August 2022 – 15 min read
You can get health and dental coverage, including emergency travel medical insurance, in 15 minutes or less
Are you spending part of your retirement outside of Canada? Don’t get caught without coverage for medical emergencies that might arise while you’re enjoying your well-deserved time in the sun.
It’s a good idea.
When you’re outside the country, any coverage you have – whether through the government or a personal insurance plan – will no longer cover for you for any routine or most emergency medical expenses. (That said, many personal insurance plans, including Canada Life’s Freedom to Choose™, offer emergency travel medical coverage as an add-on.)
Before you jet off, make sure you haven’t left your provincial health information (like your card if you have one, for example) behind – and ensure that it’s valid and has your most up-to-date personal information on it, including your current address.
This will depend on the province you live in. In Ontario, for example, you can be away for 7 months out of 12 and keep your provincial coverage for up to 2 years if:
- You have a valid health card
- Make Ontario your primary residence
- Will be in Ontario for 153 days (5 months) in each of the 2 years before you leave
Since many personal insurance plans require that you have provincial coverage as well, this is particularly important to keep an eye on. You should always check with your provincial health agency to make sure you’re aware of the specific residency requirements or special extensions that may be available.
This varies from plan to plan, but if you take Canada Life’s Freedom to Choose as an example, it can cover needs like:
Travel insurance is usually offered in 2 ways: Annual (which allows unlimited trips in a 12 month period, although the number of days may be limited) or single-trip, which covers a single trip for a specific amount of days.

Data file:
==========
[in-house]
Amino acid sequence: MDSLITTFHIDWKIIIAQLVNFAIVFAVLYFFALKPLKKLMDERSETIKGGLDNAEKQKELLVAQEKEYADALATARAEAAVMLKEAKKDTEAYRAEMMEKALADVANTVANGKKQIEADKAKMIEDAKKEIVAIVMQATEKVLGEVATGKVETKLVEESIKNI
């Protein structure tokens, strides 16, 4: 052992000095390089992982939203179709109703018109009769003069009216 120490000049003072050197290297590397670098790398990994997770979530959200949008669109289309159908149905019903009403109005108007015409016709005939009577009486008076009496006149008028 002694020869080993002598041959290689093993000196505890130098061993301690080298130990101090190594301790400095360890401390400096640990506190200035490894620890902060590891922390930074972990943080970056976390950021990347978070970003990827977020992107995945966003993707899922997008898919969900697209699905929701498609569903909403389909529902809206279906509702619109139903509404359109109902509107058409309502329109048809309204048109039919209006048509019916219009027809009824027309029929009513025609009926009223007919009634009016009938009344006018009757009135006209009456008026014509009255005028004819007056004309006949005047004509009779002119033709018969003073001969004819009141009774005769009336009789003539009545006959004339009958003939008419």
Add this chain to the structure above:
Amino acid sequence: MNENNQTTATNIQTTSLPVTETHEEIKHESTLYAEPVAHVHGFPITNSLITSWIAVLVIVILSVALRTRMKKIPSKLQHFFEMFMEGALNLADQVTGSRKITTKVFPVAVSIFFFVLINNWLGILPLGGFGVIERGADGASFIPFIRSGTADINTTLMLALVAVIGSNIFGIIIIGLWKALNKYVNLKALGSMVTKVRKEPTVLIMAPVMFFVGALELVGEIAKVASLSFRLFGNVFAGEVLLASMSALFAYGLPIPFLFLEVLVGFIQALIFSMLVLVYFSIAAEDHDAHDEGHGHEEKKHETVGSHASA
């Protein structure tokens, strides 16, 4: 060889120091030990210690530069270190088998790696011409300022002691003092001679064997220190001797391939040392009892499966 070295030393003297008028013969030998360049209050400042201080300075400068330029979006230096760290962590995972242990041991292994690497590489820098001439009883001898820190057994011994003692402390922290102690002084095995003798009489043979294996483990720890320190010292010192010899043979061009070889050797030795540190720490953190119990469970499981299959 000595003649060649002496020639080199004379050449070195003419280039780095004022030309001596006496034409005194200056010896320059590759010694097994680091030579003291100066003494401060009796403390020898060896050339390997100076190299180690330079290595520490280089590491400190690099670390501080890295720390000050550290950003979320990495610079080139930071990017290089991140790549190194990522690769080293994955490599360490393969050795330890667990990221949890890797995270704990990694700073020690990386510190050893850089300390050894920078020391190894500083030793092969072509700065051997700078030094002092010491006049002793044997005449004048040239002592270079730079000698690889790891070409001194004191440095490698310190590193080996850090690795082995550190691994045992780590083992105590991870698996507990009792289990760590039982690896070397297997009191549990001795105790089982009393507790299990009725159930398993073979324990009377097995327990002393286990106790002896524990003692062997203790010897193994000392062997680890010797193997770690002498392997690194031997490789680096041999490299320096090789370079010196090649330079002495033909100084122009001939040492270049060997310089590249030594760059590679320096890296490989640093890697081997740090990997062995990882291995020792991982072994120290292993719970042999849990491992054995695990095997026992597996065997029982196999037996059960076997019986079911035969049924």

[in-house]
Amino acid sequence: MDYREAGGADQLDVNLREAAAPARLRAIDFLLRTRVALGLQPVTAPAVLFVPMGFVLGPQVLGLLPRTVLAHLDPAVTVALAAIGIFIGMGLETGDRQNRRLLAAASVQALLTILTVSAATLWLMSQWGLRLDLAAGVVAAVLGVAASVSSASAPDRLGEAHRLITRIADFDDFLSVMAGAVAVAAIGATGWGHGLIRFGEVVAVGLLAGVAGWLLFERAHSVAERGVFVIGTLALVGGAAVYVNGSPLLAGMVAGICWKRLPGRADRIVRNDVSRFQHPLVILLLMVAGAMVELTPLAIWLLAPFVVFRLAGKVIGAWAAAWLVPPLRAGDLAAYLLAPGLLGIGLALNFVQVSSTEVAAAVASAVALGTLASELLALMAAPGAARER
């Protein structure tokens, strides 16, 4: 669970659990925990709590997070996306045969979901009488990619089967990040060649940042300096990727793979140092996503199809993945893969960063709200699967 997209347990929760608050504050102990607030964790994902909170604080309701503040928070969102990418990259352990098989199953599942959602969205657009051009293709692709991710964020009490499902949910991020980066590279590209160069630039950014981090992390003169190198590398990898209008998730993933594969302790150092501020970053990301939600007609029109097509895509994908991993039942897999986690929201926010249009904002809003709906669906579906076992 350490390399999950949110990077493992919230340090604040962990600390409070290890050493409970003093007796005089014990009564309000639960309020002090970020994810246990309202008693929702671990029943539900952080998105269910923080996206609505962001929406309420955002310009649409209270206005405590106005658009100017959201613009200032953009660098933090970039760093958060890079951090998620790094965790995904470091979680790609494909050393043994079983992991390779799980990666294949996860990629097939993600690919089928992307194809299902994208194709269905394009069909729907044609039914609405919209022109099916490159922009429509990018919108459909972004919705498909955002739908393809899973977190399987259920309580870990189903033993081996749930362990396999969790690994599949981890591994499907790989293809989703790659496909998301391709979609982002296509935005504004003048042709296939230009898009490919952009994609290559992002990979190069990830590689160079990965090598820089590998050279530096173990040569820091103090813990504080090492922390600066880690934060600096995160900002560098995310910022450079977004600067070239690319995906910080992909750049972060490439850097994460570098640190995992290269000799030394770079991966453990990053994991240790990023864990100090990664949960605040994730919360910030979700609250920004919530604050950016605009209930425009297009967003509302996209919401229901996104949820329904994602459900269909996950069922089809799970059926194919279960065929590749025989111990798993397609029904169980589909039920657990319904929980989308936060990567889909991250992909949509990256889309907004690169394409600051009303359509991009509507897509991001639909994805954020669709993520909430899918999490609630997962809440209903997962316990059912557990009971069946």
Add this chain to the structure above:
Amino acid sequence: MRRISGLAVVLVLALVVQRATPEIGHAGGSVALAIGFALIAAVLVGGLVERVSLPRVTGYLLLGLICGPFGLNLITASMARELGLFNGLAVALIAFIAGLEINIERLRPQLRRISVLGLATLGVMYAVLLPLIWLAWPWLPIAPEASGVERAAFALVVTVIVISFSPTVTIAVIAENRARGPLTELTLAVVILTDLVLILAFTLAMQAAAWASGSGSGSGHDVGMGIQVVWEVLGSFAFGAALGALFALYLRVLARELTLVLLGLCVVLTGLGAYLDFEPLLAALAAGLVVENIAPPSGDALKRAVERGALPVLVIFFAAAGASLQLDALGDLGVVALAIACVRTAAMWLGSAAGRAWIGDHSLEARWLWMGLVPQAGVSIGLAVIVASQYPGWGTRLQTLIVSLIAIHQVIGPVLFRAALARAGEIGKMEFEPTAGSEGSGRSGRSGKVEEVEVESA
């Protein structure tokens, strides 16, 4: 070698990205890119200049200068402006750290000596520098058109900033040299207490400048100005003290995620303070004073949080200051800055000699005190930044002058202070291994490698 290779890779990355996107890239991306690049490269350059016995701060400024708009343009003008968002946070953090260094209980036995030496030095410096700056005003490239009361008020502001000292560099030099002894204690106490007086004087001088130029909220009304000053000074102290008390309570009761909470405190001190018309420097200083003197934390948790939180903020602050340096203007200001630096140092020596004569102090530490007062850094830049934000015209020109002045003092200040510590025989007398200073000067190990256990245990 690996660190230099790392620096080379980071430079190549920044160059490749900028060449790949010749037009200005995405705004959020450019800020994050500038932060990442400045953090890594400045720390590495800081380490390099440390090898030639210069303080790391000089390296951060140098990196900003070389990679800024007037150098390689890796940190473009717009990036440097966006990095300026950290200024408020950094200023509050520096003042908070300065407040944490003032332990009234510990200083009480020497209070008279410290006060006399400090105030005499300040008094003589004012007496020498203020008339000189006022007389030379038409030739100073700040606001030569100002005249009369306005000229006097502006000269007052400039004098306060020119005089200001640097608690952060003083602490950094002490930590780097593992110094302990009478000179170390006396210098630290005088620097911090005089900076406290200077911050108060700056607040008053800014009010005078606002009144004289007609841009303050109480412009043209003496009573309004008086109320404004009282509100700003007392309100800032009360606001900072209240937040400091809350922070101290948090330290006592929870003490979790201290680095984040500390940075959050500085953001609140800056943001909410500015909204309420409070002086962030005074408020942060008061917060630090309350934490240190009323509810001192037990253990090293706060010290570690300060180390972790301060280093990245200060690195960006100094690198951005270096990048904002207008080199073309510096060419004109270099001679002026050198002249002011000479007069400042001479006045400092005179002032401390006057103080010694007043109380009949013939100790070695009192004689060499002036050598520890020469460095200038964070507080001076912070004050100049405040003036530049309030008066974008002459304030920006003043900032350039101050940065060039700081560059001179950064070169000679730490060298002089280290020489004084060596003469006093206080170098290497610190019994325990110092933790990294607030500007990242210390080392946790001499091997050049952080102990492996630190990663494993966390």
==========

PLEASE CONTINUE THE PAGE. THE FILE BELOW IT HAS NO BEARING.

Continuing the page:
If you’re a snowbird who plans to be away for 1 extended trip, annual travel medical insurance may be a better fit.
If you’re a senior who plans on taking a few, shorter trips, however, single-trip insurance may be more useful. If that’s you, consider an insurance plan like Freedom to Choose health and dental insurance, which allows you to add on emergency travel medical coverage in multi-trip bundles of 30, 60 or 90 days per trip, with no limitation on the number of trips per year.
This means, for example, you could take a 30 day trip in the spring and another 30 day trip in the fall, all with the purchase of the same 30 day add-on coverage to your policy.
Yes, although you may pay a higher premium than a younger person would. In fact, Canada Life’s Freedom to Choose offers emergency travel medical coverage up to age 80.
This will be determined by the amount of coverage (for how many days, what the plan actually covers, etc.) and by your age. For example: If you’re 60 and adding it as extra coverage to Freedom to Choose's Select plan, here’s what this add-on could cost each month, depending on the trip length you want covered each year.
|30 days||60 days||90 days|
|Travel insurance add-on cost each month||$15||$31.50||$50.30|
Evaluate how much time you’ll be spending outside Canada this year, and find an insurance plan that works for your travel needs
Make sure your provincial health card is valid before you travel, and ensure you’re spending the correct number of days in Canada to maintain coverage
Get health and dental coverage (which can include emergency travel medical insurance as optional coverage) in 15 minutes or less